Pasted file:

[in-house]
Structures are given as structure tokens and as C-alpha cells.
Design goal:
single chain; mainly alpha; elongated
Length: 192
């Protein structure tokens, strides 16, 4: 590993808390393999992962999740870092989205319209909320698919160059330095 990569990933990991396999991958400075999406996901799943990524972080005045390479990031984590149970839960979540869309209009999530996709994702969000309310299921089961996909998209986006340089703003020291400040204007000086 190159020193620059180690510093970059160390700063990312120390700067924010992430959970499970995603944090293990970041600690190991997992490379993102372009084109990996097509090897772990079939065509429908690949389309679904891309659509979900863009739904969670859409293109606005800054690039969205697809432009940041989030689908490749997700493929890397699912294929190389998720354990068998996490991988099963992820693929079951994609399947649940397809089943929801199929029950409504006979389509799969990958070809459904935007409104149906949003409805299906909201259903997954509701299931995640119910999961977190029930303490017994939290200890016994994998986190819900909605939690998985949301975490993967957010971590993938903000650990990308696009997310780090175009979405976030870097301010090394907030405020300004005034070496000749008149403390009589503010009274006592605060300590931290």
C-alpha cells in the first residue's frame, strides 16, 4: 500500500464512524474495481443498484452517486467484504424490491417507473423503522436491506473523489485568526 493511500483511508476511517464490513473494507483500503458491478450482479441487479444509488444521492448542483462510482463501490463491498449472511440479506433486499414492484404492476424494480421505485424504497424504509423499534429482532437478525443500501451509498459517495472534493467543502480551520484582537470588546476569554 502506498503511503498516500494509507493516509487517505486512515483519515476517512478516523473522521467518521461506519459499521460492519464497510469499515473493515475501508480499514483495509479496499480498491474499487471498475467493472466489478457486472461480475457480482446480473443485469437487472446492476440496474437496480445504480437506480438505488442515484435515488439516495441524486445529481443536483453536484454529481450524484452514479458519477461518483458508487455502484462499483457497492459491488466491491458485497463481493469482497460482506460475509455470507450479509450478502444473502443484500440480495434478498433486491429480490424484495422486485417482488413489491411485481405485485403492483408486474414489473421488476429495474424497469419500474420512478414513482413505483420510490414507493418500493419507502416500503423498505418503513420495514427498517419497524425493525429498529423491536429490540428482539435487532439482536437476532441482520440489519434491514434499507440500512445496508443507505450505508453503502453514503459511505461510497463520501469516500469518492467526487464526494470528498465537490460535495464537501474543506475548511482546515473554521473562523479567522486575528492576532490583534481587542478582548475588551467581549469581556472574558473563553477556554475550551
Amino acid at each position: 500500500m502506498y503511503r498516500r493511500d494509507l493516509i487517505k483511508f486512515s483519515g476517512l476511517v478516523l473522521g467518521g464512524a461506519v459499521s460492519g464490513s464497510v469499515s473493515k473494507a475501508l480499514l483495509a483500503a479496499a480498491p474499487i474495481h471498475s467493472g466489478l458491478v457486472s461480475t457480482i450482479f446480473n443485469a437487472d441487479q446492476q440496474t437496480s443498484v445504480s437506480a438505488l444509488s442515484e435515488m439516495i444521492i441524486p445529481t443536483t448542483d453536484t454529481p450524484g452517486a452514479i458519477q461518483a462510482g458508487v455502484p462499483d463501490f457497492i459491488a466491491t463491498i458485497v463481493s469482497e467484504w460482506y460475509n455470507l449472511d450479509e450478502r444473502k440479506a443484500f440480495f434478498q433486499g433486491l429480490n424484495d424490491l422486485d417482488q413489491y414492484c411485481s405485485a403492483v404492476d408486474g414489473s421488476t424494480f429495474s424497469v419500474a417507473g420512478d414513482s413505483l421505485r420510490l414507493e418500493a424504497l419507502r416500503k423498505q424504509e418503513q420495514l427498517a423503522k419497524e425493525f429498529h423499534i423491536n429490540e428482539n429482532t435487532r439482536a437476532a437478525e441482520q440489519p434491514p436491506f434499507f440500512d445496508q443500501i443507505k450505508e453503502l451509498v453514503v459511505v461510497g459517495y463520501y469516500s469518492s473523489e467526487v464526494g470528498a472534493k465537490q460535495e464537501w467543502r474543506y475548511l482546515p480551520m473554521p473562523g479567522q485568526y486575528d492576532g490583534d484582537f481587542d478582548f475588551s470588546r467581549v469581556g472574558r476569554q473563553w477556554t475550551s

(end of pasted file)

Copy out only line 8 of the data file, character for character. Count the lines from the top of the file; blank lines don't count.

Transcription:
Amino acid at each position: 500500500m502506498y503511503r498516500r493511500d494509507l493516509i487517505k483511508f486512515s483519515g476517512l476511517v478516523l473522521g467518521g464512524a461506519v459499521s460492519g464490513s464497510v469499515s473493515k473494507a475501508l480499514l483495509a483500503a479496499a480498491p474499487i474495481h471498475s467493472g466489478l458491478v457486472s461480475t457480482i450482479f446480473n443485469a437487472d441487479q446492476q440496474t437496480s443498484v445504480s437506480a438505488l444509488s442515484e435515488m439516495i444521492i441524486p445529481t443536483t448542483d453536484t454529481p450524484g452517486a452514479i458519477q461518483a462510482g458508487v455502484p462499483d463501490f457497492i459491488a466491491t463491498i458485497v463481493s469482497e467484504w460482506y460475509n455470507l449472511d450479509e450478502r444473502k440479506a443484500f440480495f434478498q433486499g433486491l429480490n424484495d424490491l422486485d417482488q413489491y414492484c411485481s405485485a403492483v404492476d408486474g414489473s421488476t424494480f429495474s424497469v419500474a417507473g420512478d414513482s413505483l421505485r420510490l414507493e418500493a424504497l419507502r416500503k423498505q424504509e418503513q420495514l427498517a423503522k419497524e425493525f429498529h423499534i423491536n429490540e428482539n429482532t435487532r439482536a437476532a437478525e441482520q440489519p434491514p436491506f434499507f440500512d445496508q443500501i443507505k450505508e453503502l451509498v453514503v459511505v461510497g459517495y463520501y469516500s469518492s473523489e467526487v464526494g470528498a472534493k465537490q460535495e464537501w467543502r474543506y475548511l482546515p480551520m473554521p473562523g479567522q485568526y486575528d492576532g490583534d484582537f481587542d478582548f475588551s470588546r467581549v469581556g472574558r476569554q473563553w477556554t475550551s